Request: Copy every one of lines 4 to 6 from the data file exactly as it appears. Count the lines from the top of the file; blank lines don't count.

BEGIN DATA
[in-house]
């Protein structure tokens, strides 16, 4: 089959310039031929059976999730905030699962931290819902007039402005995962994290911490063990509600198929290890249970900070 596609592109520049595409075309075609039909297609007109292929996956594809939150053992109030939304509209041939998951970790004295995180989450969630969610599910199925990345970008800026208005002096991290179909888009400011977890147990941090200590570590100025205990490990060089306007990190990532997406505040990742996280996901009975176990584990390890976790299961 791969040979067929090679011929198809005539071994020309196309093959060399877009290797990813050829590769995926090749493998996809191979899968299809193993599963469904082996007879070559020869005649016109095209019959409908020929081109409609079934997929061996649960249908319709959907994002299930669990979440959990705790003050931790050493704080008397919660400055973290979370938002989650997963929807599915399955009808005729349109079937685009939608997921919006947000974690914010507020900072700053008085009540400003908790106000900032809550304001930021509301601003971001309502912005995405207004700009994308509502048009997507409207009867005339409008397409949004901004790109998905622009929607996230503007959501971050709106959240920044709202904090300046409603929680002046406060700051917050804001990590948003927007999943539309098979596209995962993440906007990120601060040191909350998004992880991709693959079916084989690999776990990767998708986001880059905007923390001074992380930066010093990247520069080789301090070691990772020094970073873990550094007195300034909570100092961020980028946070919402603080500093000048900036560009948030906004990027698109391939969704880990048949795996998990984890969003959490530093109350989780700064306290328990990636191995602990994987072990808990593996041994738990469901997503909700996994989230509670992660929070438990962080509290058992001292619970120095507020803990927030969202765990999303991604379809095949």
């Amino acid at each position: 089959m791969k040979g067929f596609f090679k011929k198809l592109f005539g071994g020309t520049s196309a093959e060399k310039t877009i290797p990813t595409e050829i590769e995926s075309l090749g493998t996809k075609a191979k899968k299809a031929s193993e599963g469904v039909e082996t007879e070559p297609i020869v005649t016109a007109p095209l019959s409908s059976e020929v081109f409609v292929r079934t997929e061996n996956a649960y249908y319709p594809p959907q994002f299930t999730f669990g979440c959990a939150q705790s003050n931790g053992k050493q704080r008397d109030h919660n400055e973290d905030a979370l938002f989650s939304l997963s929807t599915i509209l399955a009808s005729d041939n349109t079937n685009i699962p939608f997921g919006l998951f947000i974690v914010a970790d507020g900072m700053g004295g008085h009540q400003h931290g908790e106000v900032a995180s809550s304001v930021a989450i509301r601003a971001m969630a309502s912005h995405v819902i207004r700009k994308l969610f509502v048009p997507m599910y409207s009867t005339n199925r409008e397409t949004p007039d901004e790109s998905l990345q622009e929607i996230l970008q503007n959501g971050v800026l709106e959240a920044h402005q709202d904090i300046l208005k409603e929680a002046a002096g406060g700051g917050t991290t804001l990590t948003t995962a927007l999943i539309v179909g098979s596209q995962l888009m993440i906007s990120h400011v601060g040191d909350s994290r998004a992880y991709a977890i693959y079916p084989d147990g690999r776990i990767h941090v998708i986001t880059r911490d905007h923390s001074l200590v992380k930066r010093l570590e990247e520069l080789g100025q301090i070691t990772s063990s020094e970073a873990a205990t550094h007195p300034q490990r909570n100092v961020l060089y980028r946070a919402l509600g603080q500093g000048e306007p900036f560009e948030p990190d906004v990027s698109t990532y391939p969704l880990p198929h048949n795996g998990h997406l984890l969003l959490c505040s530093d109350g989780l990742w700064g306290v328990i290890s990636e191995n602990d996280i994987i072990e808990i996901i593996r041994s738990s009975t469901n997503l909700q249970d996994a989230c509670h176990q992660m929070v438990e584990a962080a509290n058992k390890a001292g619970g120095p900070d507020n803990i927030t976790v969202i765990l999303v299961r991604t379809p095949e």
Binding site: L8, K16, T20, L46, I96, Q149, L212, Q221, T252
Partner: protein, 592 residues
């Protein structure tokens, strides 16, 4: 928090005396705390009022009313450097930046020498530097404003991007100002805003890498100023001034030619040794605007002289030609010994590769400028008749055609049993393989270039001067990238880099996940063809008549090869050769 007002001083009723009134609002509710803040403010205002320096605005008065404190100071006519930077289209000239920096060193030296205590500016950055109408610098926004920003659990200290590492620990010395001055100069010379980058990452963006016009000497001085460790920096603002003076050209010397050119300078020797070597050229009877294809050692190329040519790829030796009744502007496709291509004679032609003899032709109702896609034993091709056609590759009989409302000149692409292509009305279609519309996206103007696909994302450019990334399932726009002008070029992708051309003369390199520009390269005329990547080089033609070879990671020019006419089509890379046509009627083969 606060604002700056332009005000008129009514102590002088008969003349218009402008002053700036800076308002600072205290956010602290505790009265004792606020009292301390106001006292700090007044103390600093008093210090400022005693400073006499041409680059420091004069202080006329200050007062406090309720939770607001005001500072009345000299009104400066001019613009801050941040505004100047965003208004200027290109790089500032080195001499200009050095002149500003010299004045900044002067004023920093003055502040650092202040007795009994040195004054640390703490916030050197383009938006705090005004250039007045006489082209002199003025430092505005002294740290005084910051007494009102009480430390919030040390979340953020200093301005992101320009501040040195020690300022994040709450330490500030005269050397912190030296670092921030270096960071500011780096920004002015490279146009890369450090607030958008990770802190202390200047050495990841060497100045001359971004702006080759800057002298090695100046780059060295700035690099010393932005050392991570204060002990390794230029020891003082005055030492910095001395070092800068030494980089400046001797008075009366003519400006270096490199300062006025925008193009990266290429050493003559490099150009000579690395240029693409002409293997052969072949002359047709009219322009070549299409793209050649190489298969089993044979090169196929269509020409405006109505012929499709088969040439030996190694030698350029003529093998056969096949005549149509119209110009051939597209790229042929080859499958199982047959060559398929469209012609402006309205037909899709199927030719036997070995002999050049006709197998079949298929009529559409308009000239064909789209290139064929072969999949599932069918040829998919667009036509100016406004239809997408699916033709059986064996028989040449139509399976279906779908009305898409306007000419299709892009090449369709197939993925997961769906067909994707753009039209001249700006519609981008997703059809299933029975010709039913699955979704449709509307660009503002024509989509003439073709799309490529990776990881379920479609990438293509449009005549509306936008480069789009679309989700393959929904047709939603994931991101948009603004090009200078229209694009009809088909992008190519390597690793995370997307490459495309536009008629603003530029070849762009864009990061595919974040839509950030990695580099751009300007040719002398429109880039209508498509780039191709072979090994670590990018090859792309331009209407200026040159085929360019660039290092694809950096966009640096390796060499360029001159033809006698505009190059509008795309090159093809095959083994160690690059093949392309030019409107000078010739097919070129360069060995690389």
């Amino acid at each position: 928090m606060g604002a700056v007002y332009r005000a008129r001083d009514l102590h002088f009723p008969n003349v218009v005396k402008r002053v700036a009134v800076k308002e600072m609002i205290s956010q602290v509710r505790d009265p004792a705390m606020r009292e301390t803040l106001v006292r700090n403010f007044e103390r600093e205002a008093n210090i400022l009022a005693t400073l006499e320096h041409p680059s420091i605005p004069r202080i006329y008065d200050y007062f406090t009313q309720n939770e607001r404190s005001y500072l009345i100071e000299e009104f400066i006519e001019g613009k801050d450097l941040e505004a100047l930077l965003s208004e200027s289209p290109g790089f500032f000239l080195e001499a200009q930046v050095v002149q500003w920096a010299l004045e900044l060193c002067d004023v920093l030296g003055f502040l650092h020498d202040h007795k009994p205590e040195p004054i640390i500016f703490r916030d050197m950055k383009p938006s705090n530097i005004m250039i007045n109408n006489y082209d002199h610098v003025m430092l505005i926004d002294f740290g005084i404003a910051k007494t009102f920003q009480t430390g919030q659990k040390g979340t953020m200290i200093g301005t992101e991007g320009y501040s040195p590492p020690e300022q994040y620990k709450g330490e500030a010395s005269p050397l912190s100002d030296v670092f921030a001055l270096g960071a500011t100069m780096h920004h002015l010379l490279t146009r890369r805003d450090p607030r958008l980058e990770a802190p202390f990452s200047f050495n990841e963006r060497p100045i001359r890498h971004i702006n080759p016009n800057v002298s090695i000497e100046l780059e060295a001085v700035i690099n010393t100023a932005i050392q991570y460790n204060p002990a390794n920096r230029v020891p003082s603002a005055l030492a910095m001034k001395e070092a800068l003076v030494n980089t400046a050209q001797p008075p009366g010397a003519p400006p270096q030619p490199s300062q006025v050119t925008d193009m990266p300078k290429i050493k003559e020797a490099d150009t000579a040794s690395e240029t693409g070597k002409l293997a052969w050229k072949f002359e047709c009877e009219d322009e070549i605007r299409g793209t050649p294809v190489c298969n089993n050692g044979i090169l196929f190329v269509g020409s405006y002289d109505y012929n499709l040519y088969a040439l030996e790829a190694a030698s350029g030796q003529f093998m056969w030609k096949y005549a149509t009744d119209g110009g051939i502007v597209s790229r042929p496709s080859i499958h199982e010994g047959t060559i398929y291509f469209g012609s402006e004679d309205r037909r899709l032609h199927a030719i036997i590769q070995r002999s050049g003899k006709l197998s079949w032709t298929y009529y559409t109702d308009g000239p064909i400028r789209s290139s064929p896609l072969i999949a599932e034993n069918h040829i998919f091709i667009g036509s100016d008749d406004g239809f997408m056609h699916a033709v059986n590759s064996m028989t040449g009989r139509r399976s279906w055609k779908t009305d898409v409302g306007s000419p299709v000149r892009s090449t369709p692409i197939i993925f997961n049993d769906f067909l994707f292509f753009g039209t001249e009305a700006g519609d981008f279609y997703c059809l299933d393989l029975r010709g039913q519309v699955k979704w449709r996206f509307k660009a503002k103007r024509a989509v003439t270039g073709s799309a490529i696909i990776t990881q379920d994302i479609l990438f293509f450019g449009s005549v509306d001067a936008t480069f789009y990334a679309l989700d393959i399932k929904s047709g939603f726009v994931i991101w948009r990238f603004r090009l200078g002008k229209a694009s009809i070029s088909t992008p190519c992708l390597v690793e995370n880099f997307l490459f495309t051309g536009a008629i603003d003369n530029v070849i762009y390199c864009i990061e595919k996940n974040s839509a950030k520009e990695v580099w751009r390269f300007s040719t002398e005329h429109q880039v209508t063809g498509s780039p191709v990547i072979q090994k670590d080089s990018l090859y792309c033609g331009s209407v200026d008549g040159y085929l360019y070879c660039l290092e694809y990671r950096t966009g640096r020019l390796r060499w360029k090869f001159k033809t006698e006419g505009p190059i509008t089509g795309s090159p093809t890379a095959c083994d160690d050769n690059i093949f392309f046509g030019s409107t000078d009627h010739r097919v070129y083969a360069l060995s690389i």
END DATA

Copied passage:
Binding site: L8, K16, T20, L46, I96, Q149, L212, Q221, T252
Partner: protein, 592 residues
């Protein structure tokens, strides 16, 4: 928090005396705390009022009313450097930046020498530097404003991007100002805003890498100023001034030619040794605007002289030609010994590769400028008749055609049993393989270039001067990238880099996940063809008549090869050769 007002001083009723009134609002509710803040403010205002320096605005008065404190100071006519930077289209000239920096060193030296205590500016950055109408610098926004920003659990200290590492620990010395001055100069010379980058990452963006016009000497001085460790920096603002003076050209010397050119300078020797070597050229009877294809050692190329040519790829030796009744502007496709291509004679032609003899032709109702896609034993091709056609590759009989409302000149692409292509009305279609519309996206103007696909994302450019990334399932726009002008070029992708051309003369390199520009390269005329990547080089033609070879990671020019006419089509890379046509009627083969 606060604002700056332009005000008129009514102590002088008969003349218009402008002053700036800076308002600072205290956010602290505790009265004792606020009292301390106001006292700090007044103390600093008093210090400022005693400073006499041409680059420091004069202080006329200050007062406090309720939770607001005001500072009345000299009104400066001019613009801050941040505004100047965003208004200027290109790089500032080195001499200009050095002149500003010299004045900044002067004023920093003055502040650092202040007795009994040195004054640390703490916030050197383009938006705090005004250039007045006489082209002199003025430092505005002294740290005084910051007494009102009480430390919030040390979340953020200093301005992101320009501040040195020690300022994040709450330490500030005269050397912190030296670092921030270096960071500011780096920004002015490279146009890369450090607030958008990770802190202390200047050495990841060497100045001359971004702006080759800057002298090695100046780059060295700035690099010393932005050392991570204060002990390794230029020891003082005055030492910095001395070092800068030494980089400046001797008075009366003519400006270096490199300062006025925008193009990266290429050493003559490099150009000579690395240029693409002409293997052969072949002359047709009219322009070549299409793209050649190489298969089993044979090169196929269509020409405006109505012929499709088969040439030996190694030698350029003529093998056969096949005549149509119209110009051939597209790229042929080859499958199982047959060559398929469209012609402006309205037909899709199927030719036997070995002999050049006709197998079949298929009529559409308009000239064909789209290139064929072969999949599932069918040829998919667009036509100016406004239809997408699916033709059986064996028989040449139509399976279906779908009305898409306007000419299709892009090449369709197939993925997961769906067909994707753009039209001249700006519609981008997703059809299933029975010709039913699955979704449709509307660009503002024509989509003439073709799309490529990776990881379920479609990438293509449009005549509306936008480069789009679309989700393959929904047709939603994931991101948009603004090009200078229209694009009809088909992008190519390597690793995370997307490459495309536009008629603003530029070849762009864009990061595919974040839509950030990695580099751009300007040719002398429109880039209508498509780039191709072979090994670590990018090859792309331009209407200026040159085929360019660039290092694809950096966009640096390796060499360029001159033809006698505009190059509008795309090159093809095959083994160690690059093949392309030019409107000078010739097919070129360069060995690389």